“However long it takes … because we only need the one,” Cahill said. “Twelve or bust.
If a final juror is picked Tuesday, the court is expected to recess until Monday, when opening statements are scheduled to begin. The development comes after two weeks of jury selection, which began March 9 — a day later than scheduled because of a legal dispute over a third-degree murder charge. The charge was later reinstated.
Roughly 70 people have been questioned during the process of seating a jury in the landmark case that has drawn national attention and continues to inspire intense and conflicted emotions in a city where many remain traumatized by Floyd’s death and the civil unrest that followed.
Few jurors summoned in the case arrived without some knowledge of the events surrounding Floyd’s death. And almost all admitted to having a “negative” view of Chauvin, the White police officer filmed with his knee on the Floyd’s neck for more than nine minutes during a police investigation last May as the Black man complained of struggling to breathe and ultimately died.
Just days into jury selection, Minneapolis officials announced a record $27 million settlement with Floyd’s family — a development that led Cahill to dismiss two jurors after they said they could no longer be impartial because they had read or heard media coverage of the deal.
But the court quickly replaced them, and went on to pick seven more — a faster pace than many involved in the case had expected.
Cahill had set aside three weeks for jury selection, with the option to extend it. The court also summoned a larger than usual pool of prospective jurors — about 326 people, according to numbers Chauvin’s defense team provided in a court filing last week.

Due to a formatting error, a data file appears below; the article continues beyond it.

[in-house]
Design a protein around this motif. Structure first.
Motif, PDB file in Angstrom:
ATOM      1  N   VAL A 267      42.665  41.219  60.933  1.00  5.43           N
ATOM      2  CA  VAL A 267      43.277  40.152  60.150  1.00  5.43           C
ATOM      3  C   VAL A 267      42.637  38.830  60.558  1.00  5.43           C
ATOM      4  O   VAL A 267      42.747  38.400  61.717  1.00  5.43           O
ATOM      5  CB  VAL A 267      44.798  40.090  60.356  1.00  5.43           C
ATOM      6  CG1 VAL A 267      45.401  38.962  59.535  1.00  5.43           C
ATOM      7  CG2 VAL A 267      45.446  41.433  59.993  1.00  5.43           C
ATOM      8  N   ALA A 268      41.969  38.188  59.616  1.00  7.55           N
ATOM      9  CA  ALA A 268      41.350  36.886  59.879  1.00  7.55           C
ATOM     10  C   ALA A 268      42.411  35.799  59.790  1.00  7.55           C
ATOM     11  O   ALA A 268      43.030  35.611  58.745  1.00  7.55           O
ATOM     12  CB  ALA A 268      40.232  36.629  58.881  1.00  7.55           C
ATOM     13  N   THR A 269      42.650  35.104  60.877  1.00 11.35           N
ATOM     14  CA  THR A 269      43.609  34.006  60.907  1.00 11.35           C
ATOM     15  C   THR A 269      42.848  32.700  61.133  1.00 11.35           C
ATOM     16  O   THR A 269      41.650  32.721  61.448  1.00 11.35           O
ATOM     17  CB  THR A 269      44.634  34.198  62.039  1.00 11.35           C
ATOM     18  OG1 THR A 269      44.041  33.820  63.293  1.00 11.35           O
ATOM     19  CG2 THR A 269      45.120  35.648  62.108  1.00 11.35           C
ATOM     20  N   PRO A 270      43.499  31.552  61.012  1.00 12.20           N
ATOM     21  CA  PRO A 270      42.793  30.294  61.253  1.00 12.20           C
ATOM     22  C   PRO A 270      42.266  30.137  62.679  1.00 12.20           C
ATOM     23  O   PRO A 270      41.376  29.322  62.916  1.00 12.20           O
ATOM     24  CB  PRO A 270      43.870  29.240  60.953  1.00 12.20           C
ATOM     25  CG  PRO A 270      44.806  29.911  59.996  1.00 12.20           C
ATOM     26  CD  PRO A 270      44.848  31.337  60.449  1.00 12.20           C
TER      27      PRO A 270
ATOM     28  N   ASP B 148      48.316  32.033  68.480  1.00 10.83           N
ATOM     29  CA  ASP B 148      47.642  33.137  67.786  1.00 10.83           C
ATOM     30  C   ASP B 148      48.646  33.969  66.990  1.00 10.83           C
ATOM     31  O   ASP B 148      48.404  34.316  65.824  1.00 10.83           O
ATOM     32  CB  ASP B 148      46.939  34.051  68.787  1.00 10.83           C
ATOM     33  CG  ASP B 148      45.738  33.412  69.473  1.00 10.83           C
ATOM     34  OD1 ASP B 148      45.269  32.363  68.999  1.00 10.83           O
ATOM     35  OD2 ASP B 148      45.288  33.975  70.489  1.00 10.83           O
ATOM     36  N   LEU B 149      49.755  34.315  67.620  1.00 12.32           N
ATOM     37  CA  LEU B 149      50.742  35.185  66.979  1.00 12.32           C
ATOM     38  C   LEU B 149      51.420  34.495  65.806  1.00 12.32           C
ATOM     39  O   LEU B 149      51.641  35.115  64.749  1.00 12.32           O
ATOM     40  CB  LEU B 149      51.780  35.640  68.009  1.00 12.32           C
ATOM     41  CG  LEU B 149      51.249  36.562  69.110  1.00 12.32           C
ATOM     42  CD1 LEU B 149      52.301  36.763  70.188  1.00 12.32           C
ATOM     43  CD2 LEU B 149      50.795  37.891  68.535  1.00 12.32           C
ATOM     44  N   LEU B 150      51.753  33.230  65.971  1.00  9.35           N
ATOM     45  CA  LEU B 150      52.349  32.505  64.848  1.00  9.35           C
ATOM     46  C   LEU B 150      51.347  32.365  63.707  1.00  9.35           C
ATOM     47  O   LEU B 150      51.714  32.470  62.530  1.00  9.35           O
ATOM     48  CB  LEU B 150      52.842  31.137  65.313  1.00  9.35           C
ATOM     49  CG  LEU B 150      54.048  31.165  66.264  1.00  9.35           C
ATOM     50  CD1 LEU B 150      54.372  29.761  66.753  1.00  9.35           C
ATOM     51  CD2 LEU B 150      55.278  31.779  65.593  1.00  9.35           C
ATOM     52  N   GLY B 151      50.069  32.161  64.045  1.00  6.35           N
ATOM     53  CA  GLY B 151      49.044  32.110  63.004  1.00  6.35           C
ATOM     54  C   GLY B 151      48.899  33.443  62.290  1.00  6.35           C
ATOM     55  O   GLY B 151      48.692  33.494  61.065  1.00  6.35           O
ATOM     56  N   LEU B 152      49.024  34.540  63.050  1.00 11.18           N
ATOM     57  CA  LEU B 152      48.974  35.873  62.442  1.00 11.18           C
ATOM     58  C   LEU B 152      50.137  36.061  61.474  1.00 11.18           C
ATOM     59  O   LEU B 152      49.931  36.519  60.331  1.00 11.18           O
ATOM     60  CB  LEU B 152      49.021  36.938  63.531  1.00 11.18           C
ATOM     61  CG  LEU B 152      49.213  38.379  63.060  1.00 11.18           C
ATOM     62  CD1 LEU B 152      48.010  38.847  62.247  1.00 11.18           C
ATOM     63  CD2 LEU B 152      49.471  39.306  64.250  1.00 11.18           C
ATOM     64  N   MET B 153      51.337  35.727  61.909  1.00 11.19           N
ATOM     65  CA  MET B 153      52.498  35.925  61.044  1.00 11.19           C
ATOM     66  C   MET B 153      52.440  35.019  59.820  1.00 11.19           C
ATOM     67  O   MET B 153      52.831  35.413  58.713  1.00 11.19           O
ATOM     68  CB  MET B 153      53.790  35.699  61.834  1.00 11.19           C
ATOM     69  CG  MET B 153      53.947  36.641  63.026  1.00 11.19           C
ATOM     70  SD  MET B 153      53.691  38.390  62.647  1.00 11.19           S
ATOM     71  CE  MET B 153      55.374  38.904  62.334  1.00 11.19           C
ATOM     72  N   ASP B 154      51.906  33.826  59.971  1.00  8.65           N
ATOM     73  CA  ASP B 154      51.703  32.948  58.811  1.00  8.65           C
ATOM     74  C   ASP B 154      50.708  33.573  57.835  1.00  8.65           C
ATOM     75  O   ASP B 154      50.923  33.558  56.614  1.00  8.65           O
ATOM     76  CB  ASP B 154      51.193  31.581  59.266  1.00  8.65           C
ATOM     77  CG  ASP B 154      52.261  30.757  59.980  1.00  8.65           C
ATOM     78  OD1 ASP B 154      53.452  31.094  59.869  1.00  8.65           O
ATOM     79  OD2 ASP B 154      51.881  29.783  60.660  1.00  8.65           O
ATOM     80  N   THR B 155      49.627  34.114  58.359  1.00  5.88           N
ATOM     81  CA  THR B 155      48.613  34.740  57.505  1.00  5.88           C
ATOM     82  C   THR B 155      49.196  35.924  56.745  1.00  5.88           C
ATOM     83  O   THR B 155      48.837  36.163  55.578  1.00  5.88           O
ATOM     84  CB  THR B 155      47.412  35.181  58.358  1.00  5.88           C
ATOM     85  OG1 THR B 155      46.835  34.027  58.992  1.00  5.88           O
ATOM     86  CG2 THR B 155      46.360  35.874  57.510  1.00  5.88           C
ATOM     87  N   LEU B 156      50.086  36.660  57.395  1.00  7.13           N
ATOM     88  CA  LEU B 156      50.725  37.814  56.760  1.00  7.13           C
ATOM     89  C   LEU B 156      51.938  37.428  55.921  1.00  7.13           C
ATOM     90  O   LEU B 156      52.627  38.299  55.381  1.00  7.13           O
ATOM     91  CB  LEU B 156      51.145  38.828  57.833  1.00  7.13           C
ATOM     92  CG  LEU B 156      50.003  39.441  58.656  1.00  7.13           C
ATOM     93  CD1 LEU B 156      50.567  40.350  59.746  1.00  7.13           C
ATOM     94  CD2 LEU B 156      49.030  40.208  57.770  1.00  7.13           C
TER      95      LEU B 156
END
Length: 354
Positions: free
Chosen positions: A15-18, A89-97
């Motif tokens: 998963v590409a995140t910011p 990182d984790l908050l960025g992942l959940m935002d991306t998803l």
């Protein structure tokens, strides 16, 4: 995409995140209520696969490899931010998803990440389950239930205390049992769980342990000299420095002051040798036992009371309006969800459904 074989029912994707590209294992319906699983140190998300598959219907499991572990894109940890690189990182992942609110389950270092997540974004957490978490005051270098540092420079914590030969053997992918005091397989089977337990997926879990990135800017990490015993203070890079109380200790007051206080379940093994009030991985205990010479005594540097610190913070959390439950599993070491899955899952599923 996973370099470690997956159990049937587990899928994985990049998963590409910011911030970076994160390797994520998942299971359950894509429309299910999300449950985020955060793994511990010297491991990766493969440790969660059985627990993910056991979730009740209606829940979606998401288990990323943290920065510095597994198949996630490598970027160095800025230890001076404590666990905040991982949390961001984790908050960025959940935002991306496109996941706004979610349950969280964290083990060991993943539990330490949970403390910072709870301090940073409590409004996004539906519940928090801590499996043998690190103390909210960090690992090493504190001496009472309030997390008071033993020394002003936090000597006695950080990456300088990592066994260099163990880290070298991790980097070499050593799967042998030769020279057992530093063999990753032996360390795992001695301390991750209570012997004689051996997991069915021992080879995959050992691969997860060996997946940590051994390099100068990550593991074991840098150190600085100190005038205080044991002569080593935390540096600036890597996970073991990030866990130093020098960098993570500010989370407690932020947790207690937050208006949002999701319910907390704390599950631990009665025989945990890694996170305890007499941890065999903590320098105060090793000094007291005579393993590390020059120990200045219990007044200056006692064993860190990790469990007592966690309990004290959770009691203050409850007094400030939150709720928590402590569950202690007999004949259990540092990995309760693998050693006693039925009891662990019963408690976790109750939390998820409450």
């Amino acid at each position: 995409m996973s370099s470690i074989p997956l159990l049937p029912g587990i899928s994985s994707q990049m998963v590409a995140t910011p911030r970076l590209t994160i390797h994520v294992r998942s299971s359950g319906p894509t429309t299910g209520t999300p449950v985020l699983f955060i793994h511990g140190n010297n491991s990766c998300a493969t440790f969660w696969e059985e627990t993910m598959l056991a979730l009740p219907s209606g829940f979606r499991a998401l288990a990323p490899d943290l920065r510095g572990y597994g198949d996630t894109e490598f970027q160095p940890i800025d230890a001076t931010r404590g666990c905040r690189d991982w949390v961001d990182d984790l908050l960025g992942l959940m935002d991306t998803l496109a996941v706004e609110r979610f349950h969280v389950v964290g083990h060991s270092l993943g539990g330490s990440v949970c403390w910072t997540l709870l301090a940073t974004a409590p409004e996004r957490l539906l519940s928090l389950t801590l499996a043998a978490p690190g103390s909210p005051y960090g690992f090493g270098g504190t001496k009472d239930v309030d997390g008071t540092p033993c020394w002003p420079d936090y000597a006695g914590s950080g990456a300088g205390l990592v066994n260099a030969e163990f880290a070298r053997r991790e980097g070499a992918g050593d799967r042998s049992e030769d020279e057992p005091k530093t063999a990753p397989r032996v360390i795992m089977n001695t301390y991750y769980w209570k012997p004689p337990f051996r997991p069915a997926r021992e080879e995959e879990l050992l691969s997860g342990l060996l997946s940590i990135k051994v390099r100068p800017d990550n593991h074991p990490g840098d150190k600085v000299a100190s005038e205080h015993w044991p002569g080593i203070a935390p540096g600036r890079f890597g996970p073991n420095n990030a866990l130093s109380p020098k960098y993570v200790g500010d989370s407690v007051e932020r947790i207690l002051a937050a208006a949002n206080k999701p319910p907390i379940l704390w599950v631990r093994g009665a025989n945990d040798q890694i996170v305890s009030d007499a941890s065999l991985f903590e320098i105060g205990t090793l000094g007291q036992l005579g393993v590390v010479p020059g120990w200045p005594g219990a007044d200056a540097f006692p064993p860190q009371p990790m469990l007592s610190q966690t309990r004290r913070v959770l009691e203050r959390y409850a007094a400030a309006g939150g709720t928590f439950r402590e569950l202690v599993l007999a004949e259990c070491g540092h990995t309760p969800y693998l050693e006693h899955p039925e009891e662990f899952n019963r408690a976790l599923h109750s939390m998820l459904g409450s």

So far, the seated jury is more diverse than many expected from Hennepin County, where the population is about 80 percent White. The 14 seated jurors include one Black woman, two multiracial women, two White men, three Black men and six White women.
Eric Nelson, Chauvin’s attorney, asked the judge last week to delay and move the trial, saying he was “gravely concerned” that news of the Floyd family settlement had tainted the jury pool. But Cahill agreed with prosecutors who pointed to the steady pace of jury selection as proof that pretrial publicity, including news of the settlement, had not harmed Chauvin’s right to a fair trial.
Nelson has argued that jurors won’t be able to put the news out of their minds, even if they swear under oath that they are able to do so, because most already view Chauvin in a negative light.
In a court filing made public Friday, Nelson said two-thirds of the 326 potential jurors summoned in the case said they had a “negative” opinion of his client on a questionnaire the court distributed months before the settlement announcement. He said more than half the jury pool expressed a “neutral” view of Floyd.
Of the 14 jurors seated in the case so far, only one said he had not seen all or some of the viral video of Chauvin kneeling on Floyd’s neck. Eight of the 14 said they had heard about the $27 million settlement. All said they could put what they knew of the case aside and judge Chauvin based on facts presented in court.
Floyd was killed May 25 after being handcuffed and restrained face down on a south Minneapolis street during a police investigation of a counterfeit $20 bill that allegedly had been passed at a local market.
Chauvin faces charges of second- and third-degree murder and second-degree manslaughter. Three other officers charged in the case — J. Alexander Kueng, Thomas K. Lane and Tou Thao — are set to be tried separately in August.